Who is the defendant in the trial in Twelve Angry Men?

The defendant in the trial in Twelve Angry Men is a nineteen-year-old man who has been accused of murdering his father. He is a young man who has had a difficult life, having lost his mother at a young age and grown up in a slum.

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The defendant in Reginald Rose’s jury-room drama Twelve Angry Men doesn’t appear in the original 1954 teleplay or in the 1955 Broadway stage version. The playwright also doesn’t give the defendant a name. Many of the jurors repeatedly refer to the defendant as a “kid,” and he’s first described as having different ages in different adaptations.

There are a few references in the play to the defendant’s troubled home life and criminal background, but the playwright gives no other description of the defendant. The only descriptions of the defendant in the teleplay, Broadway, and film versions of Twelve Angry Men rely on the Jurors’ class biases and their racial, cultural, and ethnic prejudices:

Juror #3. I never saw a guiltier man in my life. You sat right in court and heard the same thing I did. The man's a dangerous killer. You could see it.

Juror #10. Look, we're all grownups here. You're not going to tell us that we're supposed to believe him, knowing what he is. I've lived among 'em all my life. You can't believe a word they say. You know that.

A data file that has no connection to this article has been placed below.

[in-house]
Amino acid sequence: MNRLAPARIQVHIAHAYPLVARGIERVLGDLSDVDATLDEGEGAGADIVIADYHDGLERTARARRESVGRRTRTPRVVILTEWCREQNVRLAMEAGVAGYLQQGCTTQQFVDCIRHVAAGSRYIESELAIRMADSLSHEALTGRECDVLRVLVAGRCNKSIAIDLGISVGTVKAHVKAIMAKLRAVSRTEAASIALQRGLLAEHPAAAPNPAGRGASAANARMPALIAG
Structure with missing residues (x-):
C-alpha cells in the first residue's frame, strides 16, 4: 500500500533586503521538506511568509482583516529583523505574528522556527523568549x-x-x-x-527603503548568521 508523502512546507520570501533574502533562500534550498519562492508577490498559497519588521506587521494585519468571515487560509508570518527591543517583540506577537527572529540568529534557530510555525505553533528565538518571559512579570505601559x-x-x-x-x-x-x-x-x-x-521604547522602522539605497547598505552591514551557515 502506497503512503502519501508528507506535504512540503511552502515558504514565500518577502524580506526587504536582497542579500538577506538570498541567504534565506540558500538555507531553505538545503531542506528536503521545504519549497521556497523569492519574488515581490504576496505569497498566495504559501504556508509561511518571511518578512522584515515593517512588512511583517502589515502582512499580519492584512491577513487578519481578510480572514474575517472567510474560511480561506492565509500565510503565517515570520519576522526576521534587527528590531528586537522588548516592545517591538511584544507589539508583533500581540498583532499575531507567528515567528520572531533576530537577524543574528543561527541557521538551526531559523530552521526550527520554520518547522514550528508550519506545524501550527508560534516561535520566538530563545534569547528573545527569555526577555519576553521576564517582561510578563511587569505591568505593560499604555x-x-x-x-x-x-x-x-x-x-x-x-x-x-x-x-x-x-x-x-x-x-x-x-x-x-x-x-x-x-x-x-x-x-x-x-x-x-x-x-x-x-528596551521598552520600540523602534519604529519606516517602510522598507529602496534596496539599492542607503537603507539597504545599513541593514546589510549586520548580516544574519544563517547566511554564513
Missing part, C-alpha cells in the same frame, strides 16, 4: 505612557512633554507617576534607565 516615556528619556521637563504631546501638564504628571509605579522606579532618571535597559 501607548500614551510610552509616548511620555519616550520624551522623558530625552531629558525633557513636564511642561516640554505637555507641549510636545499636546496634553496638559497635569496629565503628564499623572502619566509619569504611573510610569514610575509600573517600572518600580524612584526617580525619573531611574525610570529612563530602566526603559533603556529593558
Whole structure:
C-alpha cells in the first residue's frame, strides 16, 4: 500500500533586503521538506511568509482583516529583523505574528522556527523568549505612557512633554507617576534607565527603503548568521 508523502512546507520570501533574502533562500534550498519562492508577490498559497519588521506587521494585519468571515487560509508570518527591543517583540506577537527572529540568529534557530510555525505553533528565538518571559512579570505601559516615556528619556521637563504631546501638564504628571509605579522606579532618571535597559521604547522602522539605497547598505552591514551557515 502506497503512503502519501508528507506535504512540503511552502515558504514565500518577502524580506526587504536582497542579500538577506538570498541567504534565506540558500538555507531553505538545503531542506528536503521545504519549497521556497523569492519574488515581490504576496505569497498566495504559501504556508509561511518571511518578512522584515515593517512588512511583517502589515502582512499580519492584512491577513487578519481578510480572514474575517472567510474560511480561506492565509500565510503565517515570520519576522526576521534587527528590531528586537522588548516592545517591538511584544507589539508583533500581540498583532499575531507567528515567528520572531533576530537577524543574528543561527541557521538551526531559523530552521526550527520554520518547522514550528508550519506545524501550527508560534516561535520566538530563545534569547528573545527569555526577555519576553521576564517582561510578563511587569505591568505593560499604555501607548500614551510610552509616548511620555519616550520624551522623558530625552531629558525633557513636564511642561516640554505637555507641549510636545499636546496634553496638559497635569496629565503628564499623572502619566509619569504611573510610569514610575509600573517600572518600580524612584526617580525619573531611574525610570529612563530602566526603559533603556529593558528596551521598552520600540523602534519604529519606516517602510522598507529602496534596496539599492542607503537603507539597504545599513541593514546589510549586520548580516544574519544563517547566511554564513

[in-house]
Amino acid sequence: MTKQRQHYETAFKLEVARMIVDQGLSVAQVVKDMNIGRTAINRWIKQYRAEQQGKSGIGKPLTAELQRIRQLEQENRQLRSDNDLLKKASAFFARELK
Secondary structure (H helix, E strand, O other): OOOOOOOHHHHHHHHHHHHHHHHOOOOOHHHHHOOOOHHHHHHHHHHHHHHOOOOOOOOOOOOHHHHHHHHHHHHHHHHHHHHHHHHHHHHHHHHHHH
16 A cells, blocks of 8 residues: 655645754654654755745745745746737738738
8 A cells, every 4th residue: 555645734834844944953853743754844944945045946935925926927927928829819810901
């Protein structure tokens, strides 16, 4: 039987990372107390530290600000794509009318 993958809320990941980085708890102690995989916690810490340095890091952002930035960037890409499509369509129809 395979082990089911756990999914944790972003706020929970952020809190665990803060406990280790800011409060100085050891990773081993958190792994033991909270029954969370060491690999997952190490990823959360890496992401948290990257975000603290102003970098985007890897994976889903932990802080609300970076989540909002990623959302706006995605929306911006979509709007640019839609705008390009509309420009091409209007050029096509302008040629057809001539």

Juror #7. Look at the kid's record. At fifteen he was in reform school. He stole a car. He's been arrested for mugging. He was picked up for knife-fighting. I think they said he stabbed somebody in the arm.

Juror #10. How can you believe this kid is innocent? Look, you know how those people lie. l don't have to tell you. They don't know what the truth is. And lemme tell you, they—don't need any real big reason to kill someone either. You know, they get drunk, and bang, someone's lying in the gutter. Nobody's blaming them. That's how they are. You know what I mean?

Juror #8 is the only juror who expresses any compassion for “the kid,” and at the same time provides some insight into the defendant’s background:

Juror #8. Look-this boy's been kicked around all his life. You know- living in a slum-his mother dead since he was nine. That's not a very good head start. He's a tough, angry kid. You know why slum kids get that way? Because we knock 'em over the head once a day, every day. I think maybe we owe him a few words.

Essentially, the description of the defendant is what the audience members see in their own mind, which might reveal their own biases and prejudices and their personal frame of reference.

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The defendant in Reginald Rose’s compelling play is a young man who is alleged to have killed his father by stabbing him with a knife. We learn early on that the defendant is very young, when Juror Three refers to him as “that kid who was tried.” We learn later, while the members of the Jury are deliberating on whether or not he is guilty, that he is nineteen years old. He is a young man who has had a tough life, having grown up in a slum and lost his mother when he was just nine years old.